18 Hepatectomy Not for –Extra-hepatic disease Except maybe pulmonary or anastomotic –Incomplete resectability Two-thirds will recur

19 Peritoneum aka peritoneal carcinomatosis

20 'Omental cake' in a patient with peritoneal carcinomatosis arising from appendiceal cancer. Glockzin et al. World Journal of Surgical Oncology 2009 7:5 doi:10.1186/1477-7819-7-5

21 Peritoneal Carcinomatosis - Mechanisms Seeding from T4 CRC Extravasation with perforation of the tumor Tumor perforation at operation Leakage of tumor cells from lymphatics or veins at time of operation

22 Peritoneal Carcinomatosis 10-15% of patients at CRC presentation 25-35% of CRC recurrences Survival 6-8 months without therapy Can lead to malignant ascites or malignant bowel obstruction

23 Peritoneal Surface Malignancy Group Increased probability of complete macroscopic cytoreduction in CRC –ECOG performance status <=2 –No extra-abdominal disease –Up to three, small, resectable hepatic mets –No biliary obstruction –No ureteral obstruction –Small bowel – no gross mesenteric disease –Small-volume disease in gastro-hepatic ligament

24 (Cotte et al., 2009)

25 Pseudomyxoma Peritonei Often diagnosed with acute appendicitis, abdominal swelling or ovarian mass Minimal operating should be done at the time of diagnosis Confusing pathology

26 Factors in Pseudomyxoma Peritonei Tumor grade Extent of mesenteric invasion Liver metastasis Age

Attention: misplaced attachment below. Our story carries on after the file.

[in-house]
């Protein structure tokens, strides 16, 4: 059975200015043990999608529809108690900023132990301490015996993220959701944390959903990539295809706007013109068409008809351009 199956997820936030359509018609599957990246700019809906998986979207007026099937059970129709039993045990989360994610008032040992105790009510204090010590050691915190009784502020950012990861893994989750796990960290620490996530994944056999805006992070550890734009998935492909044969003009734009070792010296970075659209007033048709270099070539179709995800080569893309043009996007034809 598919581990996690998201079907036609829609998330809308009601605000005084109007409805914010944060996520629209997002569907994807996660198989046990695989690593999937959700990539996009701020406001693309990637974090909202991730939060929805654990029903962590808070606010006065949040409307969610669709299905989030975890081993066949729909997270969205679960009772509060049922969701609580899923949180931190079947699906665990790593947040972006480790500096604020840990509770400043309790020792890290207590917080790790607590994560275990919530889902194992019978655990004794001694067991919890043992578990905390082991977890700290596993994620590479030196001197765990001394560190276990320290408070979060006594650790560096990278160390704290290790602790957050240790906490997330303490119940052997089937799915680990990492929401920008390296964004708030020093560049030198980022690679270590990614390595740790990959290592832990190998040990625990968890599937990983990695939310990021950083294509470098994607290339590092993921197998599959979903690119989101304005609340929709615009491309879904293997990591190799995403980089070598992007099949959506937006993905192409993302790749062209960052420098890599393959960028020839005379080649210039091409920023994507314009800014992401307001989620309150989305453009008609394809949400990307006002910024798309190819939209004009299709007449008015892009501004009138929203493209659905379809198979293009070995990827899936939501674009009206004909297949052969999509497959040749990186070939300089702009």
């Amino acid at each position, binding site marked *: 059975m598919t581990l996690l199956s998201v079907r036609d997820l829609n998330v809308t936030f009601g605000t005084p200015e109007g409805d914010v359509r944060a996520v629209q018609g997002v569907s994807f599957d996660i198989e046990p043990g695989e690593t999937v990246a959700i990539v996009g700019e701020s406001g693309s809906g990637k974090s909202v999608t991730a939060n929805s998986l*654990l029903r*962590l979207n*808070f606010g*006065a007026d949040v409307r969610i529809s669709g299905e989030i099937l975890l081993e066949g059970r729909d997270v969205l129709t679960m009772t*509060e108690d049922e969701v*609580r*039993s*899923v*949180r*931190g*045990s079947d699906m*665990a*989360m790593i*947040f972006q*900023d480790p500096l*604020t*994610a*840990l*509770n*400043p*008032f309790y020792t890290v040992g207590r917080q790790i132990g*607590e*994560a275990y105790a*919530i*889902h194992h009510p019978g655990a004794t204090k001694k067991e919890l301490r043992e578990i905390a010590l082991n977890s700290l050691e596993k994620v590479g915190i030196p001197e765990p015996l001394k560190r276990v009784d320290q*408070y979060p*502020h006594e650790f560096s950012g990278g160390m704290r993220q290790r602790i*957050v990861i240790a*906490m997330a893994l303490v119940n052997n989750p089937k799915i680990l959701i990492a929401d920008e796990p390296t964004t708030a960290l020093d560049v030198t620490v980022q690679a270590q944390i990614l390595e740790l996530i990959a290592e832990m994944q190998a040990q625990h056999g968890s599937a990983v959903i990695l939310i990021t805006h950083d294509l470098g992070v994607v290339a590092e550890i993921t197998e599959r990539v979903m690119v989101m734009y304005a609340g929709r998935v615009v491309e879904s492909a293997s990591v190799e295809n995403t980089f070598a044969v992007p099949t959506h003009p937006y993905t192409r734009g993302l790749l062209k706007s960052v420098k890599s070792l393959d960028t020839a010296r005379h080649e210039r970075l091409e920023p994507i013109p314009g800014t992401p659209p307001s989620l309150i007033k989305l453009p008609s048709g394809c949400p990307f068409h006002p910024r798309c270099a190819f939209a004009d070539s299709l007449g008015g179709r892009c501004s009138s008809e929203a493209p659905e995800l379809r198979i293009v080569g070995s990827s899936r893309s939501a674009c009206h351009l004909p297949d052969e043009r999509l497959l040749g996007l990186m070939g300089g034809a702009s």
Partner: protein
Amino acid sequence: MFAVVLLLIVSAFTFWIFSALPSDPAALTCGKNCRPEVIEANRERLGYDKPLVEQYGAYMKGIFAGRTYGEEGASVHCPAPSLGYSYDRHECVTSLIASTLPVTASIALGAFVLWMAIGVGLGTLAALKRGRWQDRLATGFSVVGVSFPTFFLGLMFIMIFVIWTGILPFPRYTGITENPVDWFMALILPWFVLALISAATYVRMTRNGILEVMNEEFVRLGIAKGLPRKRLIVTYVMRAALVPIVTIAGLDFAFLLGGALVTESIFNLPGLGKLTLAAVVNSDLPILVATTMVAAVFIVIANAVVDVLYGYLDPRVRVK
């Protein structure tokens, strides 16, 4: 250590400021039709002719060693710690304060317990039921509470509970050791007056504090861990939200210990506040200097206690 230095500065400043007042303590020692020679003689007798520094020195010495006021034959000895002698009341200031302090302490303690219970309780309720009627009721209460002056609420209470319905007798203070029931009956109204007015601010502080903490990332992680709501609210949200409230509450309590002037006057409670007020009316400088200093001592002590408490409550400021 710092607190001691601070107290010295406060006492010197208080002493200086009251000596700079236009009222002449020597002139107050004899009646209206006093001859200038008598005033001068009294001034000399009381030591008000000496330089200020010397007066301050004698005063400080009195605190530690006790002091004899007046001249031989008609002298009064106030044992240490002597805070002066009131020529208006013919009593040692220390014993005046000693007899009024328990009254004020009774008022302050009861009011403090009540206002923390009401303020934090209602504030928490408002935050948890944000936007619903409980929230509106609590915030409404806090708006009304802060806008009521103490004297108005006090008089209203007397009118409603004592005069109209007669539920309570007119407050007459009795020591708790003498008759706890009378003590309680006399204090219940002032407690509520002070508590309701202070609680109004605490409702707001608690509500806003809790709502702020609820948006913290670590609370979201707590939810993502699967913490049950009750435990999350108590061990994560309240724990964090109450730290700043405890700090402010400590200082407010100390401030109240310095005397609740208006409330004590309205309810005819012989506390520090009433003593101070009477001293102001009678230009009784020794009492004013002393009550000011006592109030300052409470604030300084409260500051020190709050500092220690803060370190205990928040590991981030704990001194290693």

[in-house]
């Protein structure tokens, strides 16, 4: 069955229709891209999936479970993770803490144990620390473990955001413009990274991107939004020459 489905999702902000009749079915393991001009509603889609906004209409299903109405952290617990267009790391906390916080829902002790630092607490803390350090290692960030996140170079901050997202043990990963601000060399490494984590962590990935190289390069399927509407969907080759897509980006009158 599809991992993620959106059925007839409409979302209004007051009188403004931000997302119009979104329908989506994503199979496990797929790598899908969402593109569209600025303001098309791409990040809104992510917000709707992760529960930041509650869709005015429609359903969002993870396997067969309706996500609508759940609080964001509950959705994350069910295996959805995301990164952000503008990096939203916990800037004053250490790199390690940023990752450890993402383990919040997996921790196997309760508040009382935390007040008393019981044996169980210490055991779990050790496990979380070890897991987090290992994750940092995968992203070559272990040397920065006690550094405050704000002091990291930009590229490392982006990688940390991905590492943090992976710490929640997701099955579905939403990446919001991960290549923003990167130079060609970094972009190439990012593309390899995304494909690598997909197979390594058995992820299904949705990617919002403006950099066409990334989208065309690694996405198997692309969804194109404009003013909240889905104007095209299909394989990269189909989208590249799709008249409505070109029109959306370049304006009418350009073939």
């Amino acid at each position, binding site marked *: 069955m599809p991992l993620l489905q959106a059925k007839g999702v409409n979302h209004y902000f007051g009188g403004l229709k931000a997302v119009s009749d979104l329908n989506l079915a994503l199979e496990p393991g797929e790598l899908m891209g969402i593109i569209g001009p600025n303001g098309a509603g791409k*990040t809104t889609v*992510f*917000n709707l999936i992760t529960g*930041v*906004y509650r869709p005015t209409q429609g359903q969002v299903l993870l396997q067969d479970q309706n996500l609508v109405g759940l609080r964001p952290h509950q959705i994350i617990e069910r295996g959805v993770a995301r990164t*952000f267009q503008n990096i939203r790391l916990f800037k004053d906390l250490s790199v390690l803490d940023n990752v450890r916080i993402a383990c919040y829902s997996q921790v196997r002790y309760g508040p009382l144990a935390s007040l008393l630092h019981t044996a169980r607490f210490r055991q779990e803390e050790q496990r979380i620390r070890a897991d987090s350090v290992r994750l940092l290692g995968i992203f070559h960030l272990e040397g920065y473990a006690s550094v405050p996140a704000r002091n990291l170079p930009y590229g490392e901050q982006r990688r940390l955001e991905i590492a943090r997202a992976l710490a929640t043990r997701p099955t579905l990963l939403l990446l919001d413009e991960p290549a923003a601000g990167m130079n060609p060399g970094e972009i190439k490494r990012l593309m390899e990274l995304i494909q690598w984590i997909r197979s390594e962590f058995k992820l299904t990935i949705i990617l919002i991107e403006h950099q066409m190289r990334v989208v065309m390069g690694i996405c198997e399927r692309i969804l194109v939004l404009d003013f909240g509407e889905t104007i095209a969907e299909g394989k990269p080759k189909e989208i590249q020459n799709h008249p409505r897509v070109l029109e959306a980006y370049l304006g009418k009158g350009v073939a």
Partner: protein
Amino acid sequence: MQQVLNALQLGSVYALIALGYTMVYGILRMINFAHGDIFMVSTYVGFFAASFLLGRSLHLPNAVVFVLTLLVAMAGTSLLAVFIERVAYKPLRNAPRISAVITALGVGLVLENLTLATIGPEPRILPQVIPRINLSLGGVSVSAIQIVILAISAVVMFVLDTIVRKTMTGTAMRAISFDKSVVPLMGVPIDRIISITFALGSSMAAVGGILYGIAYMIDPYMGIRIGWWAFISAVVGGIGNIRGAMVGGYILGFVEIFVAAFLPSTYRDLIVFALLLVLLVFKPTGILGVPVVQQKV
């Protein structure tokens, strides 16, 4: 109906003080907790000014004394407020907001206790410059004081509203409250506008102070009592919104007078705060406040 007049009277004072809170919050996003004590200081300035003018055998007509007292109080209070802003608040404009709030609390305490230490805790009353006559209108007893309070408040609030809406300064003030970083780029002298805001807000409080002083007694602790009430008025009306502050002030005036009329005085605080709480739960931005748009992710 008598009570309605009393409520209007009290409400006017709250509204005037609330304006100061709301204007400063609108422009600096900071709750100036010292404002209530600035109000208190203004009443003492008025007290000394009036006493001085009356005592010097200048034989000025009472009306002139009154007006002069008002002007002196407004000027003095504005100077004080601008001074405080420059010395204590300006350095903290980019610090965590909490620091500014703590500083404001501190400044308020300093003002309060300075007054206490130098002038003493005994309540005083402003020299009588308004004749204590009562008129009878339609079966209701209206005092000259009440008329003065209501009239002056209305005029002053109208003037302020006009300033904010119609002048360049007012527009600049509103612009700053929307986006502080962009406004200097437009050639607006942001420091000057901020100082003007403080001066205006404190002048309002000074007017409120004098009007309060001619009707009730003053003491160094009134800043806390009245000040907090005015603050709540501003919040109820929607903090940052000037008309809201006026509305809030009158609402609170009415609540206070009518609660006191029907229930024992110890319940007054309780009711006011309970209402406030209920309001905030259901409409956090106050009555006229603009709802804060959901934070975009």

27 Cytoreductive Surgery Peritonectomy (parietal and visceral) Greater omentectomy Lesser omentectomy Splenectomy Cholecystectomy Liver capsule resection Small bowel resection Large bowel/rectal resection Hysterectomy Oopherectomy Cystectomy Omphalectomy – for invasion of umbilicus

28 Omphalectomy in a patient with umbilical tumor infiltration. Glockzin et al. World Journal of Surgical Oncology 2009 7:5 doi:10.1186/1477-7819-7-5

29 (Cotte et al., 2009)


31 Intraperitoneal Chemotherapy Mortality – 5% Morbidity – 35% Various agents, especially mitomycin C Hyperthermia –Increased chemotherapeutic activity –Direct effects – protein denaturation, induction of apoptosis, inhibition of angiogenesis High local dose with less systemic toxicity Complete gross resection is most important –5-year survival – 27-54%

32 Schematic diagram of HIPEC procedure. Glockzin et al. World Journal of Surgical Oncology 2009 7:5 doi:10.1186/1477-7819-7-5